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By Ben Pollard

The SMJFL season hasn’t unfolded exactly as several teams in Under 17 Division 2 would have hoped.

For many Under 17s, 2012 is their final year of junior football and you can’t blame them for wanting to bow out on a high.

But if one team is to win, another must lose, and of course, there are those teams in Division 2 who have lost more than they’ve won over the first nine rounds.

Yet there is still a prize worth playing for.

The bottom five teams of the seven-team division may not reach the Under 17 finals series, but will play off for the Championship Cup, a one-day round robin competition on August 5.

Mark Hardeman, coach of fourth-placed East Sandringham, says the Cup provides an incentive for players in lower ranked teams to finish their junior careers with success.

Despite his team’s 3-5 record, Mark says the spirit his players showed in some big early losses will hold them in good stead for the competition.

“I’ve said to my boys all year: ‘If we can be the best tackling side in Division 2, we’ve done a good job’, and I think we are, so that’s the main thing,” he says.

Mark says victory in the Championship Cup would mean a lot to a few East Sandringham boys who have been together throughout their SMJFL journey.

He says the collective attitude of those players, such as team captain Jarrod Mantell, Angus Grant and Sean MacPherson, is a credit to the club.

“Last year in the Under 16s they almost won the flag, but lost it on a technicality of too many players on the field,” Mark says.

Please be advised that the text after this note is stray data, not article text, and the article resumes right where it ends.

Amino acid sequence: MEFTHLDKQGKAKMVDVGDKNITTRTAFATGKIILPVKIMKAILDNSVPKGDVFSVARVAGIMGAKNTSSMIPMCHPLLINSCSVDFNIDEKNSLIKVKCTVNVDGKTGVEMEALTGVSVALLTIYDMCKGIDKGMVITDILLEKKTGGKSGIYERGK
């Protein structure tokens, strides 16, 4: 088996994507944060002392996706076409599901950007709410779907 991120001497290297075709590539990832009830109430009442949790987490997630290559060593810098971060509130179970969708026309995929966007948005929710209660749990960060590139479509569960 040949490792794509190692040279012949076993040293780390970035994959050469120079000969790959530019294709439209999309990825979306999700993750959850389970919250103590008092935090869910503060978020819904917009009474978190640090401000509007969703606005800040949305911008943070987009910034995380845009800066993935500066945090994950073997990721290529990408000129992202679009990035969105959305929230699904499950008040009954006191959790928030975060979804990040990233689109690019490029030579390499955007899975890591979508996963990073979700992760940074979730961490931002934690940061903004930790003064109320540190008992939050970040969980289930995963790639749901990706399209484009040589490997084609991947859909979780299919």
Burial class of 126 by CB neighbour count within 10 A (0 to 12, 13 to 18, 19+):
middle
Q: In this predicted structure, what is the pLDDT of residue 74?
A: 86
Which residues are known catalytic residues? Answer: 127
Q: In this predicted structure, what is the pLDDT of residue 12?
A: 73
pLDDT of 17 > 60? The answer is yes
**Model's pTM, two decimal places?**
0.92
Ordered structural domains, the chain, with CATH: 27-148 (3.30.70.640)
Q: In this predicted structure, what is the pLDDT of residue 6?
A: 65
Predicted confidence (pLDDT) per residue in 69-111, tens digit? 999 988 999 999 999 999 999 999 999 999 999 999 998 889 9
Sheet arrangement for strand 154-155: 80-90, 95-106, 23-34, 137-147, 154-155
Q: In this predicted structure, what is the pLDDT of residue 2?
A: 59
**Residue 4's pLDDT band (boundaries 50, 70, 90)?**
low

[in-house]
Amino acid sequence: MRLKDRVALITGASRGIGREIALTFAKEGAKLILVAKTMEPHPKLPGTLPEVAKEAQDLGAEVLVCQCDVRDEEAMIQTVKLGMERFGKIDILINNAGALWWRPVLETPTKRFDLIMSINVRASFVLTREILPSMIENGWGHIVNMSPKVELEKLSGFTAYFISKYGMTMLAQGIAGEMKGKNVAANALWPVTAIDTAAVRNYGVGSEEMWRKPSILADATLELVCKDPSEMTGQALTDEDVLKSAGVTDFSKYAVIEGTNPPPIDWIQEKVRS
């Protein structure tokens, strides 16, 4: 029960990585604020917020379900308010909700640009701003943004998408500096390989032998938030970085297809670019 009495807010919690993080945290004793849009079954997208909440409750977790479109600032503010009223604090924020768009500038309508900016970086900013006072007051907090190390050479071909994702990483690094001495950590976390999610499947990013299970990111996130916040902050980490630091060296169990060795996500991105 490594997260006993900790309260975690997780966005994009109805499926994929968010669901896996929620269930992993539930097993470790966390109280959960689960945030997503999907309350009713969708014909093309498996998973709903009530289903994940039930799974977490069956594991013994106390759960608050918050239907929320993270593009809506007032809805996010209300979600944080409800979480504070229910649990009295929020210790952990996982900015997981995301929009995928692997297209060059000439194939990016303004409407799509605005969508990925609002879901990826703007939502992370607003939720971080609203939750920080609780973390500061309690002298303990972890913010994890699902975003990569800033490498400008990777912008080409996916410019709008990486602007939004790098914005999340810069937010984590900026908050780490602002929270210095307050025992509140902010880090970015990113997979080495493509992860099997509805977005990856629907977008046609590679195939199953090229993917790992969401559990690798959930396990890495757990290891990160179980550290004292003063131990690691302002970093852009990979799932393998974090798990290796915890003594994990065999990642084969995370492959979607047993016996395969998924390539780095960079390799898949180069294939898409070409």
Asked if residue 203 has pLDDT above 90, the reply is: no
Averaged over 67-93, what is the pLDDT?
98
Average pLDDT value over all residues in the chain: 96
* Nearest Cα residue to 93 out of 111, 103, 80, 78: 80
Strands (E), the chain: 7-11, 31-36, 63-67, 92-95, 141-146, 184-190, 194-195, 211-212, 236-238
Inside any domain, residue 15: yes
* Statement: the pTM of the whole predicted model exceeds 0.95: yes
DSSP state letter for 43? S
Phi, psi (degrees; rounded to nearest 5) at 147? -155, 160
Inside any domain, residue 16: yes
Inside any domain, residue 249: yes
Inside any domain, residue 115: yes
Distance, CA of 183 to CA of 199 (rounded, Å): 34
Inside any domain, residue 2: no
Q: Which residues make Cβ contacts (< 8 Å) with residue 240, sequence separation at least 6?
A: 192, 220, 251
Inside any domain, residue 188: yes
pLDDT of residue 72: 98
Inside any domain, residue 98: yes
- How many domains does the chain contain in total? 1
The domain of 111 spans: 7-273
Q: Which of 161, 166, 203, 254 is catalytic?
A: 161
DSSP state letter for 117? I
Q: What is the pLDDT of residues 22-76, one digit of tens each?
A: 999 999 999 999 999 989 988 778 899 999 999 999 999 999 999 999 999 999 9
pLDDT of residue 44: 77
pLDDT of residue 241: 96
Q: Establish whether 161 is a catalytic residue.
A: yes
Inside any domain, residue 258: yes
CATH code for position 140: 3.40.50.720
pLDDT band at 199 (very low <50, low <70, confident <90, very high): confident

“True credit to them – at the end of the game, they held their heads up and shook the hands of the other players.

“That was one of the reasons I took them on last year as Under 17s, because I saw their attitude and it really impressed me.”

Mark’s son, Adam Hardeman, is another to have impressed in his junior career – he’ll clock up his 175th SMJFL game this coming Sunday in Round 10.

That match is against sixth-placed Mordialloc-Braeside, another team preparing for the Championship Cup given its 2-6 record.

It will be a game for the veterans at Peterson Reserve: Mordialloc-Braeside’s Jack O’Toole will be taking to a SMJFL field for the 150th time, while three of his teammates have already played their 100th games this season.

Team manager Tony Jenkins says the longevity of such juniors deserves to be rewarded.

Although after several heavy defeats early on, he says the players were struggling to stay motivated without the promise of finals action.

“But what this Championship Cup does, it gives them something to aim at… something to focus on,” Tony says.

Tony predicts a late-season climb up the ladder by Mordialloc-Braeside and says a successful SMJFL send-off would be just reward for the team’s core group of boys.

“We started training back in November. We did some weekends before Christmas; we took them on a camp in February down to Blairgowrie for the weekend,” he says.

“I think with all the effort and work they’ve put in, to have a cup sitting out the front on our presentation night – their last official function at the club – it’d be a fantastic way for them to go out.”